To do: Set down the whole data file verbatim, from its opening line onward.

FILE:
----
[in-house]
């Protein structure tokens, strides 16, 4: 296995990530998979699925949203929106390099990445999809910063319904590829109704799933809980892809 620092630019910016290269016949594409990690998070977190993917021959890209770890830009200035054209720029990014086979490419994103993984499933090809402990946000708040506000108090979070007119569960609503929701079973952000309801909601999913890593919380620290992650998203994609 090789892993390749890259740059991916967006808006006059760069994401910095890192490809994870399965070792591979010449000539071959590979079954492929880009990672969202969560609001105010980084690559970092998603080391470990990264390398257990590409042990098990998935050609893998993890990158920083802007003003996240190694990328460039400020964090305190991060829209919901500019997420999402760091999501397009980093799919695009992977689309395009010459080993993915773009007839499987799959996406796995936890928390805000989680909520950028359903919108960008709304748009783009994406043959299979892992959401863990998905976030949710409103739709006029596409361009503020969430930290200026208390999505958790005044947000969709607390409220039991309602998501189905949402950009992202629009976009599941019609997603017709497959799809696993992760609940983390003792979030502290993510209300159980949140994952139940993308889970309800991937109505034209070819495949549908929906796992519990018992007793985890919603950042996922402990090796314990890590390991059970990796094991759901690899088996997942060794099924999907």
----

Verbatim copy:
[in-house]
């Protein structure tokens, strides 16, 4: 296995990530998979699925949203929106390099990445999809910063319904590829109704799933809980892809 620092630019910016290269016949594409990690998070977190993917021959890209770890830009200035054209720029990014086979490419994103993984499933090809402990946000708040506000108090979070007119569960609503929701079973952000309801909601999913890593919380620290992650998203994609 090789892993390749890259740059991916967006808006006059760069994401910095890192490809994870399965070792591979010449000539071959590979079954492929880009990672969202969560609001105010980084690559970092998603080391470990990264390398257990590409042990098990998935050609893998993890990158920083802007003003996240190694990328460039400020964090305190991060829209919901500019997420999402760091999501397009980093799919695009992977689309395009010459080993993915773009007839499987799959996406796995936890928390805000989680909520950028359903919108960008709304748009783009994406043959299979892992959401863990998905976030949710409103739709006029596409361009503020969430930290200026208390999505958790005044947000969709607390409220039991309602998501189905949402950009992202629009976009599941019609997603017709497959799809696993992760609940983390003792979030502290993510209300159980949140994952139940993308889970309800991937109505034209070819495949549908929906796992519990018992007793985890919603950042996922402990090796314990890590390991059970990796094991759901690899088996997942060794099924999907």